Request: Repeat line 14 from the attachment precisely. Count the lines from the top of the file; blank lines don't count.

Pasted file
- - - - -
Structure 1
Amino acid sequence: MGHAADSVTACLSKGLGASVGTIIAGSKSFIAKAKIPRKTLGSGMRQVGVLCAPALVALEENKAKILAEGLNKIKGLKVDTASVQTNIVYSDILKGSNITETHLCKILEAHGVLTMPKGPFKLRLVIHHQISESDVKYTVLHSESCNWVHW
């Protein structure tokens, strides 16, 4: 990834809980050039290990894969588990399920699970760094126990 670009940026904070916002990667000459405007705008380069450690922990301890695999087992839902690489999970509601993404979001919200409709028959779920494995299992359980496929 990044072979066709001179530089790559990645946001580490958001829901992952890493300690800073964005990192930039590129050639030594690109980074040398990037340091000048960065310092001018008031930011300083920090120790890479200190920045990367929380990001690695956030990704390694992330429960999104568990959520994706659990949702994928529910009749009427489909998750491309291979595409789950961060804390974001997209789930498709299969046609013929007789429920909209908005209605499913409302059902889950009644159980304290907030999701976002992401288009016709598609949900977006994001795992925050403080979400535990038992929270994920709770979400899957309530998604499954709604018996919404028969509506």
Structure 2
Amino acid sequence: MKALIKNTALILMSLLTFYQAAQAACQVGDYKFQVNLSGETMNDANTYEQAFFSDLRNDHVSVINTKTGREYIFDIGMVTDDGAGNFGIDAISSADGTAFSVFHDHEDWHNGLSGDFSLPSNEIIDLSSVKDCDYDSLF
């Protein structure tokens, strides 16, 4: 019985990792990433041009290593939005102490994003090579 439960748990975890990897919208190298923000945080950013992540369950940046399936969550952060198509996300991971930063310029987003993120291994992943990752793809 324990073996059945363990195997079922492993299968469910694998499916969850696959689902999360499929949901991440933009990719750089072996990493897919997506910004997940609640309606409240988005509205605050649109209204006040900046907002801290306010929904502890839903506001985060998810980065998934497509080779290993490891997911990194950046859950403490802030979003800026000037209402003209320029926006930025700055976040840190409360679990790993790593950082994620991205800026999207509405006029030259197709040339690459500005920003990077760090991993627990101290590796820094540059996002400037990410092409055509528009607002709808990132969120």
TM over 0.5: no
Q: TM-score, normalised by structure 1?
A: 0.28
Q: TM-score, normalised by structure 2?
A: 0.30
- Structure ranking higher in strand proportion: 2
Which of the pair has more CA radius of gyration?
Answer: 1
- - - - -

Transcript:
Answer: 1